# Tag Info

## Hot answers tagged paillier

4

I'm not sure if I understand what you are asking, so I'll clarify what I am about to answer. We are given two ciphertexts and we want to know if they encrypt the same plaintext or if they encrypt different plaintexts, and we want to do this without revealing anything but this fact. Then, using the additive homomorphism, it's possible to compute $c=enc(r\... 1 Let$c_a$be the encrypted version of$a$, and$c_b$be the encrypted version of$b$. What you want to compute is$c_c$which is the encrypted version of$a-b$, so that when you decrypt$c_c$you get$c=a-b$. Paillier supports a homomomorphic addtion of ciphertexts to get an encrypted version of the sum. The actual mathematical operation it takes to get ... 1 What you're missing is the fact that your$c$value can get waaay beyond what the library is expecting there and thus issues an error which can be read as "your value is too large". The solution is simple: Reduce the multiplication result$\bmod N^2$, where$N=pq\$ is the actual value of your modulus. The code-line which you would need to add there would ...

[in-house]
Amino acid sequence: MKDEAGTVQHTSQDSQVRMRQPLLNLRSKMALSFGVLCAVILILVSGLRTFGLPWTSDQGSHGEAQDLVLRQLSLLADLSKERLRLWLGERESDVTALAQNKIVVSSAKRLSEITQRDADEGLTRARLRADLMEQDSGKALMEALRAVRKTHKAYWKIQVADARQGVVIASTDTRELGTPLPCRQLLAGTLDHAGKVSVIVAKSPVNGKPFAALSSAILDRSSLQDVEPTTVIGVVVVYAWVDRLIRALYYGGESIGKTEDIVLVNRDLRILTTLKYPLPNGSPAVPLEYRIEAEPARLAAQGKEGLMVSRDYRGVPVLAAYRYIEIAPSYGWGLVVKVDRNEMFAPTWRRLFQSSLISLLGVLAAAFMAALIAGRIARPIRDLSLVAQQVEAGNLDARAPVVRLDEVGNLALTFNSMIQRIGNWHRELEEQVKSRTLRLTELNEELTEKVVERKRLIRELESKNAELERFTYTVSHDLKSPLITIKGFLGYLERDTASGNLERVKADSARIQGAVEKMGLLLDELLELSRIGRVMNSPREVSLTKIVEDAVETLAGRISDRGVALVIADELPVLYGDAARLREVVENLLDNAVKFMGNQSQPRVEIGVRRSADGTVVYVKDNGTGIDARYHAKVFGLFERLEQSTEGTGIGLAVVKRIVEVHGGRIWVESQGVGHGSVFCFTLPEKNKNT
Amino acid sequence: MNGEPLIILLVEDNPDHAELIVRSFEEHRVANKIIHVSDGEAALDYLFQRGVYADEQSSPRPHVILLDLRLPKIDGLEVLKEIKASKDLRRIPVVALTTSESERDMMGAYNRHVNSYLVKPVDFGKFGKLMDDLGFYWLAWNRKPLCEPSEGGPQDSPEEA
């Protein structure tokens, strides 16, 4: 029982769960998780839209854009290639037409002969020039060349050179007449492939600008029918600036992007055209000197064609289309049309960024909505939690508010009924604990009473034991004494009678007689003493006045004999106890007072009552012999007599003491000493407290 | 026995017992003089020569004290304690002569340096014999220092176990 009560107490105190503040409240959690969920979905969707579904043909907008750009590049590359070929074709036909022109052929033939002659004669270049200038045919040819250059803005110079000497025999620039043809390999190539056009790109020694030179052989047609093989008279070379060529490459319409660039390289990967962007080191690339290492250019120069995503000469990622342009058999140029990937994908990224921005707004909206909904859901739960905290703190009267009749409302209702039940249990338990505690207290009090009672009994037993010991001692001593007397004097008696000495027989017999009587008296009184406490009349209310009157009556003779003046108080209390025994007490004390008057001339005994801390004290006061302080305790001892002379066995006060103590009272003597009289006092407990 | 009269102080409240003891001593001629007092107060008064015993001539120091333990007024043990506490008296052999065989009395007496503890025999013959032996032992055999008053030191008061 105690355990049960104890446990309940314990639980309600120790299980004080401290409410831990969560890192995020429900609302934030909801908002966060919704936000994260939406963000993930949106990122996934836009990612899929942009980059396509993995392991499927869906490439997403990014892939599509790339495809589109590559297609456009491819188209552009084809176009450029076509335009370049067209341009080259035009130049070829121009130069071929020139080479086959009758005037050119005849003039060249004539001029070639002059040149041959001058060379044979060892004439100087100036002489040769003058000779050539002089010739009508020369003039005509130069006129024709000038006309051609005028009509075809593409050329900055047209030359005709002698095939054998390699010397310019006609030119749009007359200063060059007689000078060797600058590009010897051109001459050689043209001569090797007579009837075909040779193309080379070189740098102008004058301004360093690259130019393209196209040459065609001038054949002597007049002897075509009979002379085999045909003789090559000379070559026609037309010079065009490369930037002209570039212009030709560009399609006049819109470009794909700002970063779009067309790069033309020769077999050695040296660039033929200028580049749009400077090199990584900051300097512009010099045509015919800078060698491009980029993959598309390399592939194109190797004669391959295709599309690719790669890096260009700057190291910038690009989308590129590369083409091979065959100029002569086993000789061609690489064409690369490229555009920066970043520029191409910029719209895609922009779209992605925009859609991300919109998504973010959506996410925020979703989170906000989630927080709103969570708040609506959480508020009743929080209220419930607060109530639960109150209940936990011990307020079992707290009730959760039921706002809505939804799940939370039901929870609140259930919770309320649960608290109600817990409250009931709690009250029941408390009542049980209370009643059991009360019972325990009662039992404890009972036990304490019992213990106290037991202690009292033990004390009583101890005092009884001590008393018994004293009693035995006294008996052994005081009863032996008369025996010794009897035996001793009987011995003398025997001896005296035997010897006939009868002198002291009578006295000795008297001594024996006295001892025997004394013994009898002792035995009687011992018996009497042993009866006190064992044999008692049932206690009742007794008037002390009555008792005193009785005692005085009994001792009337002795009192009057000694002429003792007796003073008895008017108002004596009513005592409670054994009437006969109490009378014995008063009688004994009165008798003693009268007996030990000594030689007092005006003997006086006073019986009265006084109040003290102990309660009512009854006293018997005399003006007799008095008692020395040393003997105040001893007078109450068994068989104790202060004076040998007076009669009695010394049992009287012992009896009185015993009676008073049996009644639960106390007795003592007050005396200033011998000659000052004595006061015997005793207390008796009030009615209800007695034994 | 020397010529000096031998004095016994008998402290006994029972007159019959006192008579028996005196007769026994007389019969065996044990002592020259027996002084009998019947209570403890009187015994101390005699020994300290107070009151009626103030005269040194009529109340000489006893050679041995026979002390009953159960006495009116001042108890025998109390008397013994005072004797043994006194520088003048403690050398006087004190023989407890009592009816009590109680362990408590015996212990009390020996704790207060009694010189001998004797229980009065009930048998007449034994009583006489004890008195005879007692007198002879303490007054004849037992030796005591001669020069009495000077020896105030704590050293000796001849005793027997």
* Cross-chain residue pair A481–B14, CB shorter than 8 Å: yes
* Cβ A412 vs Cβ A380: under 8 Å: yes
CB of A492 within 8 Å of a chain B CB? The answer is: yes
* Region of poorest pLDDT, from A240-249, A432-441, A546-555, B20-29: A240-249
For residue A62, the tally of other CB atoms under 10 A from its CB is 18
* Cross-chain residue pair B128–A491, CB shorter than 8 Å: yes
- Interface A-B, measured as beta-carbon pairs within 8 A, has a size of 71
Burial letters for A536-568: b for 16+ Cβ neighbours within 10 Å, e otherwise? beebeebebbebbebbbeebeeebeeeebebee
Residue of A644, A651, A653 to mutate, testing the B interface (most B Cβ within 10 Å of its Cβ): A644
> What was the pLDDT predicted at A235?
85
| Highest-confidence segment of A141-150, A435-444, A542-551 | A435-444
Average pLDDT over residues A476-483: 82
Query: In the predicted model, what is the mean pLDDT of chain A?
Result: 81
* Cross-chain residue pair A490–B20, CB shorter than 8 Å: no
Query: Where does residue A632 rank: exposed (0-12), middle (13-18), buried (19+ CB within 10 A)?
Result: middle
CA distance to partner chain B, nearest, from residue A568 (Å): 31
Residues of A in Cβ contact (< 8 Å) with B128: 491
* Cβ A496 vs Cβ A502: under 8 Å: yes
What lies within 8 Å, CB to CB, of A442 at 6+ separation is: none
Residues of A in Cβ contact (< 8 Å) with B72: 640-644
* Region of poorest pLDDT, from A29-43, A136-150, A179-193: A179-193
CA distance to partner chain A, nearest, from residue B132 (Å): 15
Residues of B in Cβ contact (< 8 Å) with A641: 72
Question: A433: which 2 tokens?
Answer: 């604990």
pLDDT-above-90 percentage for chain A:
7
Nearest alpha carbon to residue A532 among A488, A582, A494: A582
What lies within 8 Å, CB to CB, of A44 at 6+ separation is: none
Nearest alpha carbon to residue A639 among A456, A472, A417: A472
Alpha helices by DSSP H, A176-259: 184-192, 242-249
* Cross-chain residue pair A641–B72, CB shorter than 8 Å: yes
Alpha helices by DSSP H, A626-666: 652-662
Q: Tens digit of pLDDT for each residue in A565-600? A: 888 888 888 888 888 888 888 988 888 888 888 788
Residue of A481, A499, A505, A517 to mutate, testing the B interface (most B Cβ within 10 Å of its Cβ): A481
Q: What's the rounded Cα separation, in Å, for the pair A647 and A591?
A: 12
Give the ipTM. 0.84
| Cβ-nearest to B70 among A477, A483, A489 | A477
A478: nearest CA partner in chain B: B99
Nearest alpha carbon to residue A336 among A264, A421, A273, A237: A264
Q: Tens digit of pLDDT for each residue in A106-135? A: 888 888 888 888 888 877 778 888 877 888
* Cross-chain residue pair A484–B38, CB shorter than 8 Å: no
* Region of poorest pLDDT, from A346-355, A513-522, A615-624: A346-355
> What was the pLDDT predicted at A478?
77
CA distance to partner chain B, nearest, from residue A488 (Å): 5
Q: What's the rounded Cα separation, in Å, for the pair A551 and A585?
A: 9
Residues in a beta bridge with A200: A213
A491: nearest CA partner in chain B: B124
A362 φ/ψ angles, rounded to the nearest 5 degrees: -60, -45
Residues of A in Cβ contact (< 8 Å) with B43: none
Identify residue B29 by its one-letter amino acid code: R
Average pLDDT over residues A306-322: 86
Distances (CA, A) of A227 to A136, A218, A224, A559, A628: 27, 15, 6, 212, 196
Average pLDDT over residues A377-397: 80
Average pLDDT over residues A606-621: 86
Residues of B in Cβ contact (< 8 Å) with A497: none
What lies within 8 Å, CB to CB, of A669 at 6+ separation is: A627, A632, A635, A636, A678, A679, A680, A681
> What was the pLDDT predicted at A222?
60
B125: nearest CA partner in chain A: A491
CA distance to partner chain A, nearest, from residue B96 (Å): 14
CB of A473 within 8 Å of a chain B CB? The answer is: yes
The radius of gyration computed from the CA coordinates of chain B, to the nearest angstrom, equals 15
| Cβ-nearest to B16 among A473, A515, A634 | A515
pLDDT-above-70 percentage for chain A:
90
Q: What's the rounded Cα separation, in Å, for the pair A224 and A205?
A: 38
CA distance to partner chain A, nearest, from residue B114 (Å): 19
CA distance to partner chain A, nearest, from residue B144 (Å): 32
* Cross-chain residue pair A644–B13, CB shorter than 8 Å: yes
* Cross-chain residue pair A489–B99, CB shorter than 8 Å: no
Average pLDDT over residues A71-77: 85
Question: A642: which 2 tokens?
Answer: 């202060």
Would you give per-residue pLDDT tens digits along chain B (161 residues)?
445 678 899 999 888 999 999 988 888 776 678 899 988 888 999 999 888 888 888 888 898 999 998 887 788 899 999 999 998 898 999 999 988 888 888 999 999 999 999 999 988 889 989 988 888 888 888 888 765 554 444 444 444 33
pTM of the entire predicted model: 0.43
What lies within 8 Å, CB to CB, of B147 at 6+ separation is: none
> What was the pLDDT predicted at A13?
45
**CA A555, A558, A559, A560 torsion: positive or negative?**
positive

1

I do not think what you want is possible with any simple solution - by simple, I mean computationally less expensive than downloading and decrypting all the ciphertexts. Basically, multiplicative homomorphism allows you to check some algebraic "OR": if there is a single 0, then the product of all the plaintexts will be 0. Additive homomorphism, on the other ...

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